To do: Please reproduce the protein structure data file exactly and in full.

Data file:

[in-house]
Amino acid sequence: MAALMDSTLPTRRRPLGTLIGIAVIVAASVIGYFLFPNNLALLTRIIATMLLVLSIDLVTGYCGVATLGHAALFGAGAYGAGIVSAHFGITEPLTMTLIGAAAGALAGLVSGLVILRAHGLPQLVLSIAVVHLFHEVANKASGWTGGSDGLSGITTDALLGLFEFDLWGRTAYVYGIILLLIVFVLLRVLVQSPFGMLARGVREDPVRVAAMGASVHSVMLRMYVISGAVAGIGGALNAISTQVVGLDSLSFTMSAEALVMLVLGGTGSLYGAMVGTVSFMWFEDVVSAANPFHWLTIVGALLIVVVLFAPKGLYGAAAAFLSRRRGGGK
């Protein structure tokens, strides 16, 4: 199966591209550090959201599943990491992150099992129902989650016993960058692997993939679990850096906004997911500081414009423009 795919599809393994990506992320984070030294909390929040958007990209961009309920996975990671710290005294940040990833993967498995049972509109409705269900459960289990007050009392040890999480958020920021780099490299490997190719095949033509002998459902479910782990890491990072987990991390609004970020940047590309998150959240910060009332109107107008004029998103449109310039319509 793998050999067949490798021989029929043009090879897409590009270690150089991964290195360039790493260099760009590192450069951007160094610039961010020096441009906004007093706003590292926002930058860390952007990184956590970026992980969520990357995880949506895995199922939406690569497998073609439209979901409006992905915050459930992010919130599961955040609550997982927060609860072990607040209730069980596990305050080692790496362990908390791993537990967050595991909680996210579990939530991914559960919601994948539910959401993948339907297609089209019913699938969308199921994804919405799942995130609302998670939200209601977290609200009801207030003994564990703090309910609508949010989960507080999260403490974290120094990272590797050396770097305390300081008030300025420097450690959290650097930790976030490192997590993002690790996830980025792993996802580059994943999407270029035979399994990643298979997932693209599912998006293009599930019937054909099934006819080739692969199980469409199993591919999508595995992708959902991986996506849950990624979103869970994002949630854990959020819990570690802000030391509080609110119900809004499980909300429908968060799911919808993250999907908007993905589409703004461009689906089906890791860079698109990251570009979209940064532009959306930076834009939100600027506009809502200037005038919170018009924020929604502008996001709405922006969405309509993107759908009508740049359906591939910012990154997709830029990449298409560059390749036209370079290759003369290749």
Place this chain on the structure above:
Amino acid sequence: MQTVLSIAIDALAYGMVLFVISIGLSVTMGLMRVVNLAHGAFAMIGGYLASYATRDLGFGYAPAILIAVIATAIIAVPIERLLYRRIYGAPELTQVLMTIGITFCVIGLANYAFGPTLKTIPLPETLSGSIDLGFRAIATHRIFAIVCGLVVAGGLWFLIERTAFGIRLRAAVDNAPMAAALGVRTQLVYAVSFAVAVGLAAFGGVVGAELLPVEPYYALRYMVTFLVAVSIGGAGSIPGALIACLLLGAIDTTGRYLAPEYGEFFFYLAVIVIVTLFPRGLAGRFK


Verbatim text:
[in-house]
Amino acid sequence: MAALMDSTLPTRRRPLGTLIGIAVIVAASVIGYFLFPNNLALLTRIIATMLLVLSIDLVTGYCGVATLGHAALFGAGAYGAGIVSAHFGITEPLTMTLIGAAAGALAGLVSGLVILRAHGLPQLVLSIAVVHLFHEVANKASGWTGGSDGLSGITTDALLGLFEFDLWGRTAYVYGIILLLIVFVLLRVLVQSPFGMLARGVREDPVRVAAMGASVHSVMLRMYVISGAVAGIGGALNAISTQVVGLDSLSFTMSAEALVMLVLGGTGSLYGAMVGTVSFMWFEDVVSAANPFHWLTIVGALLIVVVLFAPKGLYGAAAAFLSRRRGGGK
């Protein structure tokens, strides 16, 4: 199966591209550090959201599943990491992150099992129902989650016993960058692997993939679990850096906004997911500081414009423009 795919599809393994990506992320984070030294909390929040958007990209961009309920996975990671710290005294940040990833993967498995049972509109409705269900459960289990007050009392040890999480958020920021780099490299490997190719095949033509002998459902479910782990890491990072987990991390609004970020940047590309998150959240910060009332109107107008004029998103449109310039319509 793998050999067949490798021989029929043009090879897409590009270690150089991964290195360039790493260099760009590192450069951007160094610039961010020096441009906004007093706003590292926002930058860390952007990184956590970026992980969520990357995880949506895995199922939406690569497998073609439209979901409006992905915050459930992010919130599961955040609550997982927060609860072990607040209730069980596990305050080692790496362990908390791993537990967050595991909680996210579990939530991914559960919601994948539910959401993948339907297609089209019913699938969308199921994804919405799942995130609302998670939200209601977290609200009801207030003994564990703090309910609508949010989960507080999260403490974290120094990272590797050396770097305390300081008030300025420097450690959290650097930790976030490192997590993002690790996830980025792993996802580059994943999407270029035979399994990643298979997932693209599912998006293009599930019937054909099934006819080739692969199980469409199993591919999508595995992708959902991986996506849950990624979103869970994002949630854990959020819990570690802000030391509080609110119900809004499980909300429908968060799911919808993250999907908007993905589409703004461009689906089906890791860079698109990251570009979209940064532009959306930076834009939100600027506009809502200037005038919170018009924020929604502008996001709405922006969405309509993107759908009508740049359906591939910012990154997709830029990449298409560059390749036209370079290759003369290749």
Place this chain on the structure above:
Amino acid sequence: MQTVLSIAIDALAYGMVLFVISIGLSVTMGLMRVVNLAHGAFAMIGGYLASYATRDLGFGYAPAILIAVIATAIIAVPIERLLYRRIYGAPELTQVLMTIGITFCVIGLANYAFGPTLKTIPLPETLSGSIDLGFRAIATHRIFAIVCGLVVAGGLWFLIERTAFGIRLRAAVDNAPMAAALGVRTQLVYAVSFAVAVGLAAFGGVVGAELLPVEPYYALRYMVTFLVAVSIGGAGSIPGALIACLLLGAIDTTGRYLAPEYGEFFFYLAVIVIVTLFPRGLAGRFK